Fun facts about cancer genetics at Lancaster General Health: Our cancer genetics program was founded by Drs. Randall Oyer and Susan Domchek in November 2007, and we have seen over 5,000 patients since that time. We have grown from providing only germline testing for breast and ovarian cancer to providing germline and somatic testing for all cancers! Our cancer genetics team is fully integrated with the Cancer Risk Evaluation Program and the Basser Center for BRCA Research at Penn Medicine, with whom we participate in weekly clinical genetics conferences.

Caroline Malpass, Genetic Counselor

Caroline Malpass, Genetic Counselor

Education and training

  • Earned B.S. in Biology and Sociology from Bridgewater College in 2015
  • Earned M.S. in Human Genetics from Sarah Lawrence in 2017
  • Clinical rotations in prenatal, pediatric and cancer genetics

The cancer genetic counselor’s role in cancer care

We meet with patients and families with a history of cancer and facilitate genetic testing. We help to interpret genetic test results and explain to patients how their genetics impact their risk for cancer and their family’s risk for cancer. We focus on how genetic testing can give families the opportunity to be preventive and proactive.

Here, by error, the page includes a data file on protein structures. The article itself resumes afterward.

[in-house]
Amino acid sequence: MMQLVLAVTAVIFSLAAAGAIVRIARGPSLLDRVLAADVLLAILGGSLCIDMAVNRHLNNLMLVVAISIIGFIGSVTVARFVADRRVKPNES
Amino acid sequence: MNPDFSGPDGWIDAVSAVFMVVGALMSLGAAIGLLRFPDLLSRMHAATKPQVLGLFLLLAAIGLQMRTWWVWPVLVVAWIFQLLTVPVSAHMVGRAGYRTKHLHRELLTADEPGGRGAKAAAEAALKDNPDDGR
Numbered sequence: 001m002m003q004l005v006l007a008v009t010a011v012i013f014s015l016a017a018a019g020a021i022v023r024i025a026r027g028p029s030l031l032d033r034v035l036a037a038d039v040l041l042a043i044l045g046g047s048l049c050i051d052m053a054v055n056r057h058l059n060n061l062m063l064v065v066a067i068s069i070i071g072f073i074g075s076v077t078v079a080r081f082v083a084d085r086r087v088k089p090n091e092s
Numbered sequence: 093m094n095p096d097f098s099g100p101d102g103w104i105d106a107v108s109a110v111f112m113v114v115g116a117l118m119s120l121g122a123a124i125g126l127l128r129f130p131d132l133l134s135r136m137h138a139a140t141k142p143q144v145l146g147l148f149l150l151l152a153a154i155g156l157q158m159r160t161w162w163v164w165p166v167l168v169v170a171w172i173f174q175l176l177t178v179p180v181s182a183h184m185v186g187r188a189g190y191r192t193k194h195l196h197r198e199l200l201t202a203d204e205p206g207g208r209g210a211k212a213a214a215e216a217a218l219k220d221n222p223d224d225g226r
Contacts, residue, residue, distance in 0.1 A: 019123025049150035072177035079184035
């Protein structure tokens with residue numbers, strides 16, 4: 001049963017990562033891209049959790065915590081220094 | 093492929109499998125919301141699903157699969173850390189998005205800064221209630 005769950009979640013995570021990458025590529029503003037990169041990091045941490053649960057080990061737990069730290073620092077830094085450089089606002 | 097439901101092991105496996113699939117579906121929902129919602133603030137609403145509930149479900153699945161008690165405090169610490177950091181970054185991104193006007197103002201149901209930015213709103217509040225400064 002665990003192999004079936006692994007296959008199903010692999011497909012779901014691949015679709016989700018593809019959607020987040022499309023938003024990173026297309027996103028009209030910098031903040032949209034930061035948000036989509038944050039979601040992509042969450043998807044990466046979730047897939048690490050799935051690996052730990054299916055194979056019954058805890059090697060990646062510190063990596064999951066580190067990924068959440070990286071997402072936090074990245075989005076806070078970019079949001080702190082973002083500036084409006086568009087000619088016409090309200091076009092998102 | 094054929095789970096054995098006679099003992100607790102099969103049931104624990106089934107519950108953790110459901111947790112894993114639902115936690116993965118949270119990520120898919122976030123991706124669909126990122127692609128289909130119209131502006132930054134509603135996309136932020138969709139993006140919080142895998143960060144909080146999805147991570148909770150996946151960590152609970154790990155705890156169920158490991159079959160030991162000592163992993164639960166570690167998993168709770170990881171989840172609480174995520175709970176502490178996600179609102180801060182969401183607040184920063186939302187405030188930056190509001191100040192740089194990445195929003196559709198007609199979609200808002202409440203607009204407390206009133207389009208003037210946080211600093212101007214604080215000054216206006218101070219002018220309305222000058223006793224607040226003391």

The most important changes in clinical cancer genetics over the past year

The criteria for genetic testing continues to broaden – which means more and more patients are eligible to consider genetic testing. The cost of genetic testing continues to drop, which means that genetic testing is more affordable and accessible to our patients and families.

The best way to reach me

Caroline.malpass@pennmedicine.upenn.edu

 

Nina Morvin Genetic Counselor

Nina Morvin, Genetic Counselor

Education and training

  • Graduated from Philadelphia University with a B.S. in Biochemistry with a concentration in Genetics in 2016
  • Graduated from Thomas Jefferson University with a Master’s in Human Genetics and Genetic Counseling in 2021
  • Clinical rotations in prenatal, pediatric, general adult, cancer and cardiovascular genetics

The cancer genetic counselor’s role in cancer care

We talk with patients who have a personal or family history of cancer to help them understand hereditary contributions to cancer. Through analysis of personal and family history, we help facilitate patient decision-making surrounding genetic testing.

The most important changes in clinical cancer genetics over the past year

I would say that over the past year, studies continue to shed light on cancer treatment options for those identified to have specific types of germline mutations. Cancer genetic counselors are increasing their impact by linking physicians and cancer patients with the information needed to influence cancer treatment. 

The best way to reach me

Nina.Morvin@pennmedicine.upenn.edu